It’s the middle of both Walk to School Week and National Walking Month so clearly walking is essential to maintain physical health as well as to improve focus and concentration once students make it to school. It’s a great time to incorporate simple STEM activities to engage your students in learning and walking.
Walking is a great way to develop understanding of data and statistics. Students need to know how data collected can answer questions such as –
- What is the average number of steps I walk to school?
- What is the average number of steps I walk to my home?
- What is the average amount of time it takes me to walk to school?
- What is my rate of walking?
- What is the average difference in my heart rate before I start walking to school and after I have reached school?
The last question can be answered using a simple-to-use mini science lab called Labdisc. The Labdisc portable STEM lab is a wireless, battery-operated compact data logger with 15 built-in calibrated sensors. It is a great exploration tool for conducting experiments anywhere, including outside of the classroom. The Labdisc comes with a library of lessons for all ages and levels, including one called Right on Target where heart rate is recorded before and after exercise to determine target heart rate. The lesson is thorough in explaining ‘exercise intensity’ and how it relates to target heart rate.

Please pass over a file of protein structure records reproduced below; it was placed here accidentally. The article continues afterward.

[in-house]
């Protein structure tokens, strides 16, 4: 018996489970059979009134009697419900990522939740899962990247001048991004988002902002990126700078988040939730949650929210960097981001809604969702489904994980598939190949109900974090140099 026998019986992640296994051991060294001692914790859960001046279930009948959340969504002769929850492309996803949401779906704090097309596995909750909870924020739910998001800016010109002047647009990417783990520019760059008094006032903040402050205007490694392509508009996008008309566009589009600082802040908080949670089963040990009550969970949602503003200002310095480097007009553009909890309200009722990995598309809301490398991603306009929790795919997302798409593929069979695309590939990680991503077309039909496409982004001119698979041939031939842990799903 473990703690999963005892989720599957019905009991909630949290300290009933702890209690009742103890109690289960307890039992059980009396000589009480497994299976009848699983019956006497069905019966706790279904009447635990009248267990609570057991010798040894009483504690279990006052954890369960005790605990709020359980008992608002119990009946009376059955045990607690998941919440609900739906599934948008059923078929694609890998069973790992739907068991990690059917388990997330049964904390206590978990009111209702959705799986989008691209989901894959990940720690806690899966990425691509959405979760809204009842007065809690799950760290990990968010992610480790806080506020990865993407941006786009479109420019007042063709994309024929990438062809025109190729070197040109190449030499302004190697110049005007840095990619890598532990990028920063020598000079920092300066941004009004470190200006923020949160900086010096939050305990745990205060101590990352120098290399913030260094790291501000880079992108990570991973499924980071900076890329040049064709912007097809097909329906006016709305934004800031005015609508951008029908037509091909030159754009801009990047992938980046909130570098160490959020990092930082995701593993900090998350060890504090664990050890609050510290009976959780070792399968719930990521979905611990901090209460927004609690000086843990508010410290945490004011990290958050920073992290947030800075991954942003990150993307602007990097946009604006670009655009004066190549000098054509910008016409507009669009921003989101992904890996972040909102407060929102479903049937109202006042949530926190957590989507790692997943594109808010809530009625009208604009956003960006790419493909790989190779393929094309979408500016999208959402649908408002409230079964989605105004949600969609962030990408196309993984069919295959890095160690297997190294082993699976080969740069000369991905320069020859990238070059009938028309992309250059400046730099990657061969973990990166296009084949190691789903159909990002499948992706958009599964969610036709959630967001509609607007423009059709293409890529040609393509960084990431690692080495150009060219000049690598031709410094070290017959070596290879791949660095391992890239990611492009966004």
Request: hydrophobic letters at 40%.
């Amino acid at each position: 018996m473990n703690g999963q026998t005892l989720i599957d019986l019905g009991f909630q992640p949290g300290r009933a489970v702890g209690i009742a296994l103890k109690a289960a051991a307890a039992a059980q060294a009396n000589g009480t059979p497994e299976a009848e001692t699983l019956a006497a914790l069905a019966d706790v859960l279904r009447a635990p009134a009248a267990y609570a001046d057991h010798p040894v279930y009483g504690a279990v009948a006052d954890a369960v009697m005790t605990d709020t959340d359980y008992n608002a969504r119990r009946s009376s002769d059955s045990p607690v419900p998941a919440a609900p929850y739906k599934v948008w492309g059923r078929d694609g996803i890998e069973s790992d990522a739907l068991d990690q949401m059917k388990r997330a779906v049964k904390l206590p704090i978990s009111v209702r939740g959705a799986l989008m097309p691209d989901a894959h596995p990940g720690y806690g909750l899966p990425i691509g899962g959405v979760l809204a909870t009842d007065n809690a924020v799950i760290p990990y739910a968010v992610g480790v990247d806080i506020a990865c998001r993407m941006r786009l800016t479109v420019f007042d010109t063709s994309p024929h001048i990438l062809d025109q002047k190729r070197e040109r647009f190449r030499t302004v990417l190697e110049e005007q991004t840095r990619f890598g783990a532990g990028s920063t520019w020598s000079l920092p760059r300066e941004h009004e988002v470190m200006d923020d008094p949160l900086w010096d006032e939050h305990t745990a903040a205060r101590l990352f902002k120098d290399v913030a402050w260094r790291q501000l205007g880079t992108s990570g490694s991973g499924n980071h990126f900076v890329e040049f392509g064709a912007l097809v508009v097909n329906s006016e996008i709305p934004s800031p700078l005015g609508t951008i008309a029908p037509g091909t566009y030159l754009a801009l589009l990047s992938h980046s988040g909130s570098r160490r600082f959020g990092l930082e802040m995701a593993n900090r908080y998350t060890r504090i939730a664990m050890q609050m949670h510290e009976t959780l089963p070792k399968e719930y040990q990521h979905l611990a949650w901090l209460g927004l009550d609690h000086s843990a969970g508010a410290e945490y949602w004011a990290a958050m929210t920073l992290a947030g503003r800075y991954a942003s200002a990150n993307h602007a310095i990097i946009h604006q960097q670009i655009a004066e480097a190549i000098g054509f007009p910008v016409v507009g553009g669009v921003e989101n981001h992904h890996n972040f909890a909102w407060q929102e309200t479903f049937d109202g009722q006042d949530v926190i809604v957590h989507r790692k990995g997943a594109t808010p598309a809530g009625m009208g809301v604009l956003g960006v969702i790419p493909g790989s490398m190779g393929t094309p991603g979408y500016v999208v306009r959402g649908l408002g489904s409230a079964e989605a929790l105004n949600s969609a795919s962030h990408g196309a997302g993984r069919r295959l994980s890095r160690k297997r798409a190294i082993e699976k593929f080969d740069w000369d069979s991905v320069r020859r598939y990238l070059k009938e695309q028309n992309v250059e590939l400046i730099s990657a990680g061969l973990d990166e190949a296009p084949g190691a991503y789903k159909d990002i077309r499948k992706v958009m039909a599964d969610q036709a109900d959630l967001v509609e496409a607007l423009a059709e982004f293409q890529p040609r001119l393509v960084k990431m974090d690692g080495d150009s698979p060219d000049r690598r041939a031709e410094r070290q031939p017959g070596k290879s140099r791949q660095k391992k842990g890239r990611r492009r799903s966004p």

Another lesson is Our Heart Rate by MyStemKits. MyStemKits curriculum is designed to help teachers incorporate more STEM instruction without a steep learning curve. Many of the lessons can be paired with a 3D printer to create manipulatives so that students can experience hands-on learning that is fun and engaging. The Our Heart Rate lesson combines the MyStemKits Human Body Kit with the Labdisc heart rate sensor. Students will learn how the heart functions and adapts to different behaviors such as walking! Change the pace of the walk for different data and evaluate the results as a class.
Another lesson focused on science and technology is A Walk Through the City. Students will study the relationship between temperature and humidity in several locations inside and outside of school. Data on relative humidity will be collected and discussed, with the aim to obtain the values of these variables in urban spaces and in green areas. This lesson can also be used as part of a unit using the Urban Ecology Kit where students can investigate ways to improve ecosystems, temperatures, and energy efficiency in cities.
Encourage your students to walk to school and learn using simple activities to spark more interest in STEM-related topics. Oh, and have fun walking!
For more information on Boxlight STEM solutions such as MyStemKits curriculum and Labdisc portable science labs, go to global.boxlight.com > STEM.